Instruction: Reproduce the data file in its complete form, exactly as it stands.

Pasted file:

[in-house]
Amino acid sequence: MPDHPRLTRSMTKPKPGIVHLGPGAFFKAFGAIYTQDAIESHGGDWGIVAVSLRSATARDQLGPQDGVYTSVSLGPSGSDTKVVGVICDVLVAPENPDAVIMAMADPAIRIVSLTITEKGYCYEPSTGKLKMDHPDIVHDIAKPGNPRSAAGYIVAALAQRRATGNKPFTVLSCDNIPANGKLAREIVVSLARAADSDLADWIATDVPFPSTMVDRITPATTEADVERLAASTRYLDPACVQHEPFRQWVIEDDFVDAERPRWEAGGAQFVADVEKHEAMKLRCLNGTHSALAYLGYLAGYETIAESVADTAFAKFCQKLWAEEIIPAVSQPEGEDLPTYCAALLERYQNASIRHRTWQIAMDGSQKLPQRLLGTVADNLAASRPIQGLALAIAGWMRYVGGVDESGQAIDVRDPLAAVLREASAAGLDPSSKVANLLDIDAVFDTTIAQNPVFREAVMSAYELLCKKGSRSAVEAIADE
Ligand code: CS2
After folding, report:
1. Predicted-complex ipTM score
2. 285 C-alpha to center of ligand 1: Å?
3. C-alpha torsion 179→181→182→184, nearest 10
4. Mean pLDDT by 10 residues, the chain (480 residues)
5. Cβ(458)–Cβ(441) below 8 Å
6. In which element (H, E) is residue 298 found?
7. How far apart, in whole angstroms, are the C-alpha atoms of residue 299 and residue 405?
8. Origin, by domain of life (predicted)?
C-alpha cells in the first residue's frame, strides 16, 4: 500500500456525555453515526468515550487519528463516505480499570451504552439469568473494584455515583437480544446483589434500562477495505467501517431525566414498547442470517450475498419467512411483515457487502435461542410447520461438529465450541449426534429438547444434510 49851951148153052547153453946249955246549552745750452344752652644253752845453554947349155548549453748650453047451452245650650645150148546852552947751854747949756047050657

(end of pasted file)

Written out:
[in-house]
Amino acid sequence: MPDHPRLTRSMTKPKPGIVHLGPGAFFKAFGAIYTQDAIESHGGDWGIVAVSLRSATARDQLGPQDGVYTSVSLGPSGSDTKVVGVICDVLVAPENPDAVIMAMADPAIRIVSLTITEKGYCYEPSTGKLKMDHPDIVHDIAKPGNPRSAAGYIVAALAQRRATGNKPFTVLSCDNIPANGKLAREIVVSLARAADSDLADWIATDVPFPSTMVDRITPATTEADVERLAASTRYLDPACVQHEPFRQWVIEDDFVDAERPRWEAGGAQFVADVEKHEAMKLRCLNGTHSALAYLGYLAGYETIAESVADTAFAKFCQKLWAEEIIPAVSQPEGEDLPTYCAALLERYQNASIRHRTWQIAMDGSQKLPQRLLGTVADNLAASRPIQGLALAIAGWMRYVGGVDESGQAIDVRDPLAAVLREASAAGLDPSSKVANLLDIDAVFDTTIAQNPVFREAVMSAYELLCKKGSRSAVEAIADE
Ligand code: CS2
After folding, report:
1. Predicted-complex ipTM score
2. 285 C-alpha to center of ligand 1: Å?
3. C-alpha torsion 179→181→182→184, nearest 10
4. Mean pLDDT by 10 residues, the chain (480 residues)
5. Cβ(458)–Cβ(441) below 8 Å
6. In which element (H, E) is residue 298 found?
7. How far apart, in whole angstroms, are the C-alpha atoms of residue 299 and residue 405?
8. Origin, by domain of life (predicted)?
C-alpha cells in the first residue's frame, strides 16, 4: 500500500456525555453515526468515550487519528463516505480499570451504552439469568473494584455515583437480544446483589434500562477495505467501517431525566414498547442470517450475498419467512411483515457487502435461542410447520461438529465450541449426534429438547444434510 49851951148153052547153453946249955246549552745750452344752652644253752845453554947349155548549453748650453047451452245650650645150148546852552947751854747949756047050657